Peak 1,340ft P500

Tue, Apr 26, 2016
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I had been looking at Peak 1,340ft for a few years now, a lowly summit with almost 700ft of prominence and the highest point in the hills east of Fremont between Interstate 680, Niles Canyon and the SF Bay. Located completely within private ranchlands, I thought I might be able to find a way up the steep north side from Niles Canyon Road. Poison oak would likely be a concern along that route and it didn't appeal to me strongly enough to give it a try. While perusing online info one morning, I noticed that David Sanger, a prolific Bay Area climber, had posted a short TR on He mentioned coming from the east off Morrison Canyon Rd, utilizing the new Vargas Plateau Regional Park to start, followed by some cross-country (trespassing) to the summit. This seemed a much easier route with two hitches. For one, half of the two mile route still goes through private property, not as remotely as the route up from Niles Canyon. Secondly, the park is not yet open to the public though scheduled to open sometime in Spring. Hopefully, they wouldn't be putting the finishing touches on it when I visited.

I found the staging area/TH easily enough, parking just off the road near the park entrance on Morrison Canyon Rd. The "trails" are old ranch roads, recently mowed to clear a path for hikers and equestrians. This year's rains have been spread out over the whole winter/spring season, allowing the grass to grow quite tall and stay green through the end of April. There are cows grazing in the park and adjacent ranch lands, but not enough of them to put much of a dent in the lush grasses. For much of the hike along the trails there are nice views of the East Bay and the communities that line its shores, though today there was much haze and high clouds due to an incoming storm system. I followed the trails through several gates, eventually reaching the park boundary near a pond with Peak 1,340ft visible to the east in the background. Bright orange poppies and other colorful flowers can be found in abundance on some slopes. It would have been possible to follow ranch roads nearly to the summit, but this would have entailed going by a number of ranch buildings and leaving myself more exposed to discovery. Instead, I followed a cross-country route to the north, kept from view to the south by an intervening low ridgeline. My path took me along the north edge of the ranch property I was hiking through with a fine view of Niles Canyon on the north side. In following along some cow trails, I happened upon a free-ranging horse, alone in the shade of some oaks. It let me pass within about 10ft without seeming upset in the least by my presence. Similarly, I passed by a handful of cattle a few minutes later who kept a watchful eye on me but did not otherwise see reason to move off.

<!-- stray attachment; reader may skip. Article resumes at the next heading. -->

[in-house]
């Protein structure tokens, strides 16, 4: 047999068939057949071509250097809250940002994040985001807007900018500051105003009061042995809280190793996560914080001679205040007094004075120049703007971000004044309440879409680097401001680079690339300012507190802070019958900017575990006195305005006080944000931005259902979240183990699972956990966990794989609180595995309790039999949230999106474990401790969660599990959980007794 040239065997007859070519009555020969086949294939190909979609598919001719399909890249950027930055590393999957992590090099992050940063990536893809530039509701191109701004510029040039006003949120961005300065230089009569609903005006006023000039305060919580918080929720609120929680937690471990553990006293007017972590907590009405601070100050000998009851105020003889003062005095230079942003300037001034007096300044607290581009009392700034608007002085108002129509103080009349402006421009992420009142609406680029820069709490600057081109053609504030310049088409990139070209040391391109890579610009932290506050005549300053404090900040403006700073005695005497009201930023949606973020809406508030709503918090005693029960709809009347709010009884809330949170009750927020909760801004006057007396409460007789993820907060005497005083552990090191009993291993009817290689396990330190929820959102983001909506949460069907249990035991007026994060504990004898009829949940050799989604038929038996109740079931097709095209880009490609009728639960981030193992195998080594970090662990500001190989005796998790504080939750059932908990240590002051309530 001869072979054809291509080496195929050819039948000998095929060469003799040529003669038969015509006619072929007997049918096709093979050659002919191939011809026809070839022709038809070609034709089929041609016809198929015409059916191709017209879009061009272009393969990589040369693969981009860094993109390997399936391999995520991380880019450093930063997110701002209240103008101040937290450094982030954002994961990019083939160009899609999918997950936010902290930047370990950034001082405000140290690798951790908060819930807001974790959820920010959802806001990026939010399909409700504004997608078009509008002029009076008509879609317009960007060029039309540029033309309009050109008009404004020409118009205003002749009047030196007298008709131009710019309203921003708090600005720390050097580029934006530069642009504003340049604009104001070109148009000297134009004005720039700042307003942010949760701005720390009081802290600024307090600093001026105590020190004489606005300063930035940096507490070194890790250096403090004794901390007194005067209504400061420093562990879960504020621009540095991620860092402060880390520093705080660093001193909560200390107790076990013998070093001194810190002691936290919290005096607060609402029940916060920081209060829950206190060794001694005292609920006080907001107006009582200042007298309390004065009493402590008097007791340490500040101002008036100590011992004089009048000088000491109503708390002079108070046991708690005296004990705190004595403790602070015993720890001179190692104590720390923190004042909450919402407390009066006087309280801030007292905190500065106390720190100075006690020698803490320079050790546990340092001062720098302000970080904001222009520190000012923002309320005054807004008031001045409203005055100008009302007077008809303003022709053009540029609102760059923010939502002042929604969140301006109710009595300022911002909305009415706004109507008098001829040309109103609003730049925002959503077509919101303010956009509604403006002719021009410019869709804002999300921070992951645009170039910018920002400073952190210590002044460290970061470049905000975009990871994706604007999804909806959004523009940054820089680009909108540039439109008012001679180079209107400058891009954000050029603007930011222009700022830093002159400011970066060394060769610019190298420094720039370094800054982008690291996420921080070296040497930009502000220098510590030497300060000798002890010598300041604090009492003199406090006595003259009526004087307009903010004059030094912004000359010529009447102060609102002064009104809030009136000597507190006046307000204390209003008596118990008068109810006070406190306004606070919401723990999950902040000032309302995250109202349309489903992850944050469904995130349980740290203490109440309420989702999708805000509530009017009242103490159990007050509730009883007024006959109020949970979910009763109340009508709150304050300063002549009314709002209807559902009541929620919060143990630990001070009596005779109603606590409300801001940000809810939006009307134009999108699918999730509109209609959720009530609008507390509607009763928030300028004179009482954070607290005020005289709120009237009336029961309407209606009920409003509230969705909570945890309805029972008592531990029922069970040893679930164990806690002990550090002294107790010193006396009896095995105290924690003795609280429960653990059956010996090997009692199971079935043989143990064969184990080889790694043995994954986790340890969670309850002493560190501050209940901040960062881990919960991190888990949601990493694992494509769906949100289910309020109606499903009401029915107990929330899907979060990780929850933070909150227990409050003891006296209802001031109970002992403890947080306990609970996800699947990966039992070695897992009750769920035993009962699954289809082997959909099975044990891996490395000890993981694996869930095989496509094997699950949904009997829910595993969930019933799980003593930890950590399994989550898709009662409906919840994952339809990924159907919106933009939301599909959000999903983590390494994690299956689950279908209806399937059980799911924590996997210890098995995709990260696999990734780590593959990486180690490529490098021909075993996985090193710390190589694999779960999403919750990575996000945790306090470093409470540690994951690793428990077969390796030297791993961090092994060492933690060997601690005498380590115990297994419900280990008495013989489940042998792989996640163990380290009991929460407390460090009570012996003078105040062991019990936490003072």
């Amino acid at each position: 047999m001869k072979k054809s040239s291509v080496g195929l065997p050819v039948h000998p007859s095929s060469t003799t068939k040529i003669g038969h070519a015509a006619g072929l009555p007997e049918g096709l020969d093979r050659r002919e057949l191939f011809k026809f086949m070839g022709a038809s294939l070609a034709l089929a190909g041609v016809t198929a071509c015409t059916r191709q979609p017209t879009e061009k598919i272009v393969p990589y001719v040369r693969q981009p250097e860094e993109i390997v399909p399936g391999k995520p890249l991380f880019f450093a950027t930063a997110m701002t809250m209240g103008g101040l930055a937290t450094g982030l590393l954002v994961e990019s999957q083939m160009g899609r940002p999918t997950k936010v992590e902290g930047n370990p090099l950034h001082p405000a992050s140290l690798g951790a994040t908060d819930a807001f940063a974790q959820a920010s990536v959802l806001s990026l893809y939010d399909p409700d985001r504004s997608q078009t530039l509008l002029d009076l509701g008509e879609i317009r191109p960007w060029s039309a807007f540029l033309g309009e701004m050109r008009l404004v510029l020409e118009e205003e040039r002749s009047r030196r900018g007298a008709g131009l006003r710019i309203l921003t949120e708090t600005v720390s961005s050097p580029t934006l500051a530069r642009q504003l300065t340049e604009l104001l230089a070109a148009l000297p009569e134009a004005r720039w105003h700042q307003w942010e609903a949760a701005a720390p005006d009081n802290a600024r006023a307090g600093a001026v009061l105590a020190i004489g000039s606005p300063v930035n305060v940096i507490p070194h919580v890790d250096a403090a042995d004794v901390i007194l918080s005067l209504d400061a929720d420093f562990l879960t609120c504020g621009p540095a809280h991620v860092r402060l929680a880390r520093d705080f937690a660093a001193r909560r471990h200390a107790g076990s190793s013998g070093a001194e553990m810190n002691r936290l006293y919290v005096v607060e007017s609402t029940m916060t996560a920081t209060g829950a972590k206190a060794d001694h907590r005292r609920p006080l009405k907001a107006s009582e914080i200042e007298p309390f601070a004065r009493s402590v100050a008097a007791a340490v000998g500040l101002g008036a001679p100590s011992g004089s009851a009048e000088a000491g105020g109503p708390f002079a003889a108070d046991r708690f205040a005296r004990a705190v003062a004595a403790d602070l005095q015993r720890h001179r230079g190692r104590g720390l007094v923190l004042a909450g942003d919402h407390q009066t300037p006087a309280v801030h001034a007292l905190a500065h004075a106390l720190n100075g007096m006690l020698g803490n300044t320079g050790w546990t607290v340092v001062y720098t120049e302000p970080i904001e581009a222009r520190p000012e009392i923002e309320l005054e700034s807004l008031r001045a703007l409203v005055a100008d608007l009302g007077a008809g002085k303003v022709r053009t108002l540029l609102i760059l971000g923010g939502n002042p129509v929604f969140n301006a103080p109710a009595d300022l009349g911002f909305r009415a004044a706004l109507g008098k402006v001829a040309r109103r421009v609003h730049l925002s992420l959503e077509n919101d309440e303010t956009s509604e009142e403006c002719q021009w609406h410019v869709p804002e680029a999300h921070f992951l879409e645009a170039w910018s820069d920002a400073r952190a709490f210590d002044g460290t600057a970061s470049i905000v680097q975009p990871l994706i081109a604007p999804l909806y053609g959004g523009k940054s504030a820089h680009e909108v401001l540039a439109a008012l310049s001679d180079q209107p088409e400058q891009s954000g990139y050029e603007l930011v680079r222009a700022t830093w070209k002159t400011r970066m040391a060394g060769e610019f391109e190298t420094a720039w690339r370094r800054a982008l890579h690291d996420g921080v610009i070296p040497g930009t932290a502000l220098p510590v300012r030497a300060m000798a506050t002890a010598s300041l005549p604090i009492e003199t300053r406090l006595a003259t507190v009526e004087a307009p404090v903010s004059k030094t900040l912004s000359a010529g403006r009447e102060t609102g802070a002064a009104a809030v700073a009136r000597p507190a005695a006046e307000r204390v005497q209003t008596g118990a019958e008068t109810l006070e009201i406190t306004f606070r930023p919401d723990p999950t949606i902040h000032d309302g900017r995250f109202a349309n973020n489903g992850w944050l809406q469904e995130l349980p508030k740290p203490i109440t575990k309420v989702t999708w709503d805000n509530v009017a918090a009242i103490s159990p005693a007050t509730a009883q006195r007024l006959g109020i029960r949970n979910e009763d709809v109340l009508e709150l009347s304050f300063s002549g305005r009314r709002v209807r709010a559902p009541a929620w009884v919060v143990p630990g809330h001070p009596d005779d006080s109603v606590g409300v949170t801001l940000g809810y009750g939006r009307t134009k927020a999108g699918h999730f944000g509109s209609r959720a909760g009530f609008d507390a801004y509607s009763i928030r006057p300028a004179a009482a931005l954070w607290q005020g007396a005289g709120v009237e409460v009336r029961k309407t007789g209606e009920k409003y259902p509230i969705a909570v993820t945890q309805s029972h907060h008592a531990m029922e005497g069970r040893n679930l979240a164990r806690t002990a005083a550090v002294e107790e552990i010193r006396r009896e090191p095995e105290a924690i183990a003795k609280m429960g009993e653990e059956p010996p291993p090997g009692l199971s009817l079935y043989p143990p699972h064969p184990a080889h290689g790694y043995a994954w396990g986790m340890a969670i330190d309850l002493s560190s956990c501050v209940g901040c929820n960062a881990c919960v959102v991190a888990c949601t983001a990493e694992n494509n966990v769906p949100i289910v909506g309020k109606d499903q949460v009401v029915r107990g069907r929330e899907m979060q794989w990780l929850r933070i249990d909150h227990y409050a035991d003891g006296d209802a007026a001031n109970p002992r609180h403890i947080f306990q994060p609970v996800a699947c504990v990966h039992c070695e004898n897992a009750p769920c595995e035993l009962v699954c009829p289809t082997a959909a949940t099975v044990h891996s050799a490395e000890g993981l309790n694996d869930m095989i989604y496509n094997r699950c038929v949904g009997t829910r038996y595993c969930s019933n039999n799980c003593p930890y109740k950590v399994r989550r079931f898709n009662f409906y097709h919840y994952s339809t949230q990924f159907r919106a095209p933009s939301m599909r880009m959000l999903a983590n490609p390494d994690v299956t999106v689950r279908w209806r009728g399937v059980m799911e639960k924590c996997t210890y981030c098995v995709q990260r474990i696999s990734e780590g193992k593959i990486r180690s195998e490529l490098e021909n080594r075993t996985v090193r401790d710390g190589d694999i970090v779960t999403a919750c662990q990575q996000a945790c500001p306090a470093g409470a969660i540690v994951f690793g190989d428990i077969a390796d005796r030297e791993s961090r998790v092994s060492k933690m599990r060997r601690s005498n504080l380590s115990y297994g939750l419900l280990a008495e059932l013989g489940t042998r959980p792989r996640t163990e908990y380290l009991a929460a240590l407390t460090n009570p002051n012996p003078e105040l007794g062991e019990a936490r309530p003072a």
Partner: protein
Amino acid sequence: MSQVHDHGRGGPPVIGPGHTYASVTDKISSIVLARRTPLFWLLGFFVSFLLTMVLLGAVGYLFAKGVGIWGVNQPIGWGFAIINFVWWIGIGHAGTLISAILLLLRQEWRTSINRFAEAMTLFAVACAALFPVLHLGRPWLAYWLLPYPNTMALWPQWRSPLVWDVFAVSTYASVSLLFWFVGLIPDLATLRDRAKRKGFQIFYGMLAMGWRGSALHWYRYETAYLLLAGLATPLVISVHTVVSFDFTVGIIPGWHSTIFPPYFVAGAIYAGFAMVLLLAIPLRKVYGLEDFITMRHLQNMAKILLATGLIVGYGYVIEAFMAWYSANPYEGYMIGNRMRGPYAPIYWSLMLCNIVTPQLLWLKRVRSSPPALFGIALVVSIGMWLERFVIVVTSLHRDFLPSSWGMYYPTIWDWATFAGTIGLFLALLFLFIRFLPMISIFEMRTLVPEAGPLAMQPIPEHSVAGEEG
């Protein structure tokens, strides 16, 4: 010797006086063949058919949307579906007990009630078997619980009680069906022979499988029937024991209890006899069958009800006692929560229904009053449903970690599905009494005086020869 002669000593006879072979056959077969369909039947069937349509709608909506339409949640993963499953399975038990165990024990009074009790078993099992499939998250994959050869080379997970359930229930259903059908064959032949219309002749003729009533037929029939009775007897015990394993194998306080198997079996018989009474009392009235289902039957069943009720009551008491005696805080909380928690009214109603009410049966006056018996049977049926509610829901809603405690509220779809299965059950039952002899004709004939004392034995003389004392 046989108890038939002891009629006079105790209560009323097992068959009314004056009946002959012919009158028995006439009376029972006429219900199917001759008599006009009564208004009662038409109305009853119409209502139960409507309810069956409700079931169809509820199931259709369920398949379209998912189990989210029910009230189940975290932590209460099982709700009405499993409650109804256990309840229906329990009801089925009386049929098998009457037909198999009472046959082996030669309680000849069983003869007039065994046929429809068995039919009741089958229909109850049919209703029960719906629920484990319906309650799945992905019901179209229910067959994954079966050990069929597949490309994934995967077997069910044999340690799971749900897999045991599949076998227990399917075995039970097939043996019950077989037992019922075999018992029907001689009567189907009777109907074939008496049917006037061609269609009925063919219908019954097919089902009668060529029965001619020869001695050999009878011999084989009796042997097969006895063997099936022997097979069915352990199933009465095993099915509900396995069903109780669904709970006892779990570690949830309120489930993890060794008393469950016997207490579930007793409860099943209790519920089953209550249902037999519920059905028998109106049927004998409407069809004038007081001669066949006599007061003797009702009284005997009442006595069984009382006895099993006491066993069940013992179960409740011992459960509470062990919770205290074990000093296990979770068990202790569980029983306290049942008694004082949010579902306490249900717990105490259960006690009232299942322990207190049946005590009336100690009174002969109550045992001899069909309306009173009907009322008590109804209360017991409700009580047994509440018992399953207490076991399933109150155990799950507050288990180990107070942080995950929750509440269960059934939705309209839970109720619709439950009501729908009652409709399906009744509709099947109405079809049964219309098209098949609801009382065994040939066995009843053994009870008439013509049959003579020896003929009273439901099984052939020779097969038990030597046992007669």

I found the summit of Peak 1,340ft a sea of tall grass up to my waist. Once the grass browns and the seeds mature, it would make for an awful sock and boot smothering thistle and burr-fest, but for now it was an easy stroll. The broad, rounded nature of the summit does not make for particularly good views, especially with today's haze. Sunol Peak can be seen to the north across Niles Canyon and Mission Peak well to the south. I returned via much the same route to the park, strolling to the top of a spur trail to something signed as View Point. As one of the higher points inside the park it has perhaps the best views overlooking the East Bay. As I was strolling south off this point I suddenly noticed a tractor stopped at one of the gates below. Its driver was unlocking the gate to get the tractor through. I stopped and lay down in the grass to avoid detection, watching carefully as the tractor moved through the gate, the driver re-locked it and the tractor continued on. It moved exceedingly slow along the trail, mowing the path wider as it went along at almost a crawl. I had to lie there for perhaps 15min before it was out of view, following the same route I had used earlier and had intended to use for my return. Instead, I decided to head cross-country to the south along the eastern edge of the fenced boundary, moving to the private property and back as needed to avoid being seen. For all I know the driver may not have cared that I was out there hiking, but it seemed better to avoid a confrontation lest things turn out poorly (for me). Eventually reaching Morrison Canyon Rd, I hopped the fence along the road and was soon back to the car, the whole outing taking less than two hours.

Skip comments on 04/27/16:
I look forward to your posts as part of my daily routine. Your stories and pictures take me away from "my cube".
Anonymous comments on 04/27/16:
Anonymous comments on 05/02/16:
Vargas Plateau opening this week - Thursday. It will take all the fun out of it but it will be legal.
Of course only the first half will be legal.
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